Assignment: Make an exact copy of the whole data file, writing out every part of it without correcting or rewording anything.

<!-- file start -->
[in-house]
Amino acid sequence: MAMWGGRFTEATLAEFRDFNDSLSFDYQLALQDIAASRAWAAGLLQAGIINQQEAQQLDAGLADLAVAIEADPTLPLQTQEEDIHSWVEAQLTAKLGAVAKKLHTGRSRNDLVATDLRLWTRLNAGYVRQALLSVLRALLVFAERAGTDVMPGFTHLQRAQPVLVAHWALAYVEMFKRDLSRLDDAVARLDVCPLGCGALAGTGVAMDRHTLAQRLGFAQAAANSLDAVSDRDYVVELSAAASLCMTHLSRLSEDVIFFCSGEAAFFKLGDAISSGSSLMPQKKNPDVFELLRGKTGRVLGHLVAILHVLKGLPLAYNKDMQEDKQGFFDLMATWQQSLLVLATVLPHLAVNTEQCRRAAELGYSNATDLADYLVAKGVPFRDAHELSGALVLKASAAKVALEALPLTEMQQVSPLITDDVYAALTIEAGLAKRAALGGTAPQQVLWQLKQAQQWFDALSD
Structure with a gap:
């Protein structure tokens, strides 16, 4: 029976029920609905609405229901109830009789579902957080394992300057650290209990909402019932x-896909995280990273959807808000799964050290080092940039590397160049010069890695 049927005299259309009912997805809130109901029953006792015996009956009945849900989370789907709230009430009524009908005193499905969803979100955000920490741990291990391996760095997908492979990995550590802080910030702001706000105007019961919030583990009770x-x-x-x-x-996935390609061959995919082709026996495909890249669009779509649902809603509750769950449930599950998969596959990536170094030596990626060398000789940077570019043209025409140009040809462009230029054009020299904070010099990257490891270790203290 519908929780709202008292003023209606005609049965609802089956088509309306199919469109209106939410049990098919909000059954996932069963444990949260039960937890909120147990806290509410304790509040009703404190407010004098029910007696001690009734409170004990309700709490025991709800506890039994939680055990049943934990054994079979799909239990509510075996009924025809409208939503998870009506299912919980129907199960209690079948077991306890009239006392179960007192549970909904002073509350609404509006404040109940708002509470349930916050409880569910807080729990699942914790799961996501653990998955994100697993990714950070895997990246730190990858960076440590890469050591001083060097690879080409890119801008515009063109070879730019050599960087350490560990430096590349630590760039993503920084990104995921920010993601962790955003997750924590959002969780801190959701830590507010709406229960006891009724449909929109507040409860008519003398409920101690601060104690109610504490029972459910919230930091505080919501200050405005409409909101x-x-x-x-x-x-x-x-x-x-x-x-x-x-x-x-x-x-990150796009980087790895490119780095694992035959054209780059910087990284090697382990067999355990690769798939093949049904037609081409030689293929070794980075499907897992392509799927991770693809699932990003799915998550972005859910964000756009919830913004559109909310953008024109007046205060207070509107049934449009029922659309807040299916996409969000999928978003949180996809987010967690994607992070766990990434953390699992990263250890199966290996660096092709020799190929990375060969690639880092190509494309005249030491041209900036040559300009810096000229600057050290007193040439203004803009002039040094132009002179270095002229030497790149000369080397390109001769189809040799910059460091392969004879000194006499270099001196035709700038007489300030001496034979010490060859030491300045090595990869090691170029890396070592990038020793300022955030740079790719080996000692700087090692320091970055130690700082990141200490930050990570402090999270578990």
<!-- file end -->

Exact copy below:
[in-house]
Amino acid sequence: MAMWGGRFTEATLAEFRDFNDSLSFDYQLALQDIAASRAWAAGLLQAGIINQQEAQQLDAGLADLAVAIEADPTLPLQTQEEDIHSWVEAQLTAKLGAVAKKLHTGRSRNDLVATDLRLWTRLNAGYVRQALLSVLRALLVFAERAGTDVMPGFTHLQRAQPVLVAHWALAYVEMFKRDLSRLDDAVARLDVCPLGCGALAGTGVAMDRHTLAQRLGFAQAAANSLDAVSDRDYVVELSAAASLCMTHLSRLSEDVIFFCSGEAAFFKLGDAISSGSSLMPQKKNPDVFELLRGKTGRVLGHLVAILHVLKGLPLAYNKDMQEDKQGFFDLMATWQQSLLVLATVLPHLAVNTEQCRRAAELGYSNATDLADYLVAKGVPFRDAHELSGALVLKASAAKVALEALPLTEMQQVSPLITDDVYAALTIEAGLAKRAALGGTAPQQVLWQLKQAQQWFDALSD
Structure with a gap:
């Protein structure tokens, strides 16, 4: 029976029920609905609405229901109830009789579902957080394992300057650290209990909402019932x-896909995280990273959807808000799964050290080092940039590397160049010069890695 049927005299259309009912997805809130109901029953006792015996009956009945849900989370789907709230009430009524009908005193499905969803979100955000920490741990291990391996760095997908492979990995550590802080910030702001706000105007019961919030583990009770x-x-x-x-x-996935390609061959995919082709026996495909890249669009779509649902809603509750769950449930599950998969596959990536170094030596990626060398000789940077570019043209025409140009040809462009230029054009020299904070010099990257490891270790203290 519908929780709202008292003023209606005609049965609802089956088509309306199919469109209106939410049990098919909000059954996932069963444990949260039960937890909120147990806290509410304790509040009703404190407010004098029910007696001690009734409170004990309700709490025991709800506890039994939680055990049943934990054994079979799909239990509510075996009924025809409208939503998870009506299912919980129907199960209690079948077991306890009239006392179960007192549970909904002073509350609404509006404040109940708002509470349930916050409880569910807080729990699942914790799961996501653990998955994100697993990714950070895997990246730190990858960076440590890469050591001083060097690879080409890119801008515009063109070879730019050599960087350490560990430096590349630590760039993503920084990104995921920010993601962790955003997750924590959002969780801190959701830590507010709406229960006891009724449909929109507040409860008519003398409920101690601060104690109610504490029972459910919230930091505080919501200050405005409409909101x-x-x-x-x-x-x-x-x-x-x-x-x-x-x-x-x-x-990150796009980087790895490119780095694992035959054209780059910087990284090697382990067999355990690769798939093949049904037609081409030689293929070794980075499907897992392509799927991770693809699932990003799915998550972005859910964000756009919830913004559109909310953008024109007046205060207070509107049934449009029922659309807040299916996409969000999928978003949180996809987010967690994607992070766990990434953390699992990263250890199966290996660096092709020799190929990375060969690639880092190509494309005249030491041209900036040559300009810096000229600057050290007193040439203004803009002039040094132009002179270095002229030497790149000369080397390109001769189809040799910059460091392969004879000194006499270099001196035709700038007489300030001496034979010490060859030491300045090595990869090691170029890396070592990038020793300022955030740079790719080996000692700087090692320091970055130690700082990141200490930050990570402090999270578990």